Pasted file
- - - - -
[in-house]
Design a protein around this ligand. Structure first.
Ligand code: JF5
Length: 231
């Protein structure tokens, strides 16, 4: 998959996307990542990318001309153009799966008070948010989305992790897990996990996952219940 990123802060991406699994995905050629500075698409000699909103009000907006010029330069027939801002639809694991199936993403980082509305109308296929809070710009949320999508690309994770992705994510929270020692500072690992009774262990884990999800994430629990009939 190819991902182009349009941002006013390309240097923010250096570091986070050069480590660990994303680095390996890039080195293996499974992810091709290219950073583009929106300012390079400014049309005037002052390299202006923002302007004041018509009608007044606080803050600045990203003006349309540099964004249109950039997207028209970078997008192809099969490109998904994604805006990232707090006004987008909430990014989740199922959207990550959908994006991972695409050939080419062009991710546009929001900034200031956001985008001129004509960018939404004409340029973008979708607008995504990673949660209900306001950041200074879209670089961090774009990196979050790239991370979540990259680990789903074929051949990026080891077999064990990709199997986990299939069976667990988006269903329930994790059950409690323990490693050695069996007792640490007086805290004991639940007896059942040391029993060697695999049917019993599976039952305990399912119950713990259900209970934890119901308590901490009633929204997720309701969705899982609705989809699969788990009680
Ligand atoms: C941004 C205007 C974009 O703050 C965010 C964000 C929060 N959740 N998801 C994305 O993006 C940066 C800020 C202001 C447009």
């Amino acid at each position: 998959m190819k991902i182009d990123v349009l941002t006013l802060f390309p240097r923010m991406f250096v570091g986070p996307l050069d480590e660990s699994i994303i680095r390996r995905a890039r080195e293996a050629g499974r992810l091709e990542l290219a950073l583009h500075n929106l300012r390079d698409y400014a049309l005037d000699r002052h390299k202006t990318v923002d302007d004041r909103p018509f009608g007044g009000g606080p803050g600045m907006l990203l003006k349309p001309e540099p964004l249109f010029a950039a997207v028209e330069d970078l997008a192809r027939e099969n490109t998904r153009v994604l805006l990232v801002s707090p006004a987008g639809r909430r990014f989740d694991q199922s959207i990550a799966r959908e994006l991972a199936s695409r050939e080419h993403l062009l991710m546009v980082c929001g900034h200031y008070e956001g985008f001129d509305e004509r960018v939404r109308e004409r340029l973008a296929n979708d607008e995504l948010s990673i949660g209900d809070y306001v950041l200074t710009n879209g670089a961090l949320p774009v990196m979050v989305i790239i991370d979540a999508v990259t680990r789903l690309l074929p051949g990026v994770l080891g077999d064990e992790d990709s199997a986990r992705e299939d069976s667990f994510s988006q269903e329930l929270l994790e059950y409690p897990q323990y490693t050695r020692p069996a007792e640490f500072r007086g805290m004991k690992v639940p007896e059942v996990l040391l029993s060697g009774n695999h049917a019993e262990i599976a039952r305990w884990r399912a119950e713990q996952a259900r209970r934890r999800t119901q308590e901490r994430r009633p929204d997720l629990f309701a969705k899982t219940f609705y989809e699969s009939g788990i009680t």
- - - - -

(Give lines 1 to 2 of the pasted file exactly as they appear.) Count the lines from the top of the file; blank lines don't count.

[in-house]
Design a protein around this ligand. Structure first.